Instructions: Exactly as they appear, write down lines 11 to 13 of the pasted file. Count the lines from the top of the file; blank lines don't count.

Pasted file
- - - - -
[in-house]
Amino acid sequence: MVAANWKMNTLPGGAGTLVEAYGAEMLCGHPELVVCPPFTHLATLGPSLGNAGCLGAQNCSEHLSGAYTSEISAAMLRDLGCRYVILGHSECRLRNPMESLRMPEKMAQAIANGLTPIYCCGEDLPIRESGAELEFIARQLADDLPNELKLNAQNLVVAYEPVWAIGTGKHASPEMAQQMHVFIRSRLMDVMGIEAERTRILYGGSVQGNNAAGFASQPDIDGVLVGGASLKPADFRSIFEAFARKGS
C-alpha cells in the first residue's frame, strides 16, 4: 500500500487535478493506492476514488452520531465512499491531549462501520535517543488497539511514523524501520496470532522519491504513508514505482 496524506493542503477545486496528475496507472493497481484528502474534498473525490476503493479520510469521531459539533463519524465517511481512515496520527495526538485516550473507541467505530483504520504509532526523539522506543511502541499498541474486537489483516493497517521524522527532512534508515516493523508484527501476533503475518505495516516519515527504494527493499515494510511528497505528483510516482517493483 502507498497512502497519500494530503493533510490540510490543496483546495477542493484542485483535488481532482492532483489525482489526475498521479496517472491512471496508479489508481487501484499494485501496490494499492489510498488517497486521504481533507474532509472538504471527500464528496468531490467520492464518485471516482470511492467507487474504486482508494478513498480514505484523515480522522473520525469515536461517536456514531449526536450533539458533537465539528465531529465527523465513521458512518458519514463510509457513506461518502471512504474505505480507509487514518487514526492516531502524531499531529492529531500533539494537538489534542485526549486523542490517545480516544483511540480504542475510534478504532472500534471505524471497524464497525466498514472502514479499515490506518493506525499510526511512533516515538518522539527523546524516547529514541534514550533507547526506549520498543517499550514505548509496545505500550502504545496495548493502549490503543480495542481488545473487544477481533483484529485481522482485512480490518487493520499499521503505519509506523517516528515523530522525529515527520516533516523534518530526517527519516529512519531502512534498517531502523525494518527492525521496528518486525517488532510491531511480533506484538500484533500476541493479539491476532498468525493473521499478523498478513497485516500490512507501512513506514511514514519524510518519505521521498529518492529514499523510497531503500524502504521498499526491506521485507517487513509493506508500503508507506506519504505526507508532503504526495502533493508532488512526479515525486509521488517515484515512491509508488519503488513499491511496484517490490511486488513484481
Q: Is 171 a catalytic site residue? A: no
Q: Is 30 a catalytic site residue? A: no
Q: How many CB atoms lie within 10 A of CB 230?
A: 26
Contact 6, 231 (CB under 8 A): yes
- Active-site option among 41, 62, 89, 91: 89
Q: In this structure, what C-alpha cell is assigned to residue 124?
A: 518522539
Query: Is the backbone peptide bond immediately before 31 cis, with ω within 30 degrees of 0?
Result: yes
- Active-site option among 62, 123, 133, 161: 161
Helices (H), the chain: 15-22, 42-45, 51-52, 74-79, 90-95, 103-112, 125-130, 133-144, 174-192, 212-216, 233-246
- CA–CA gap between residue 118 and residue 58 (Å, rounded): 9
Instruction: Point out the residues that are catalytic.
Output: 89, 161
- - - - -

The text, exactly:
A: 518522539
Query: Is the backbone peptide bond immediately before 31 cis, with ω within 30 degrees of 0?
Result: yes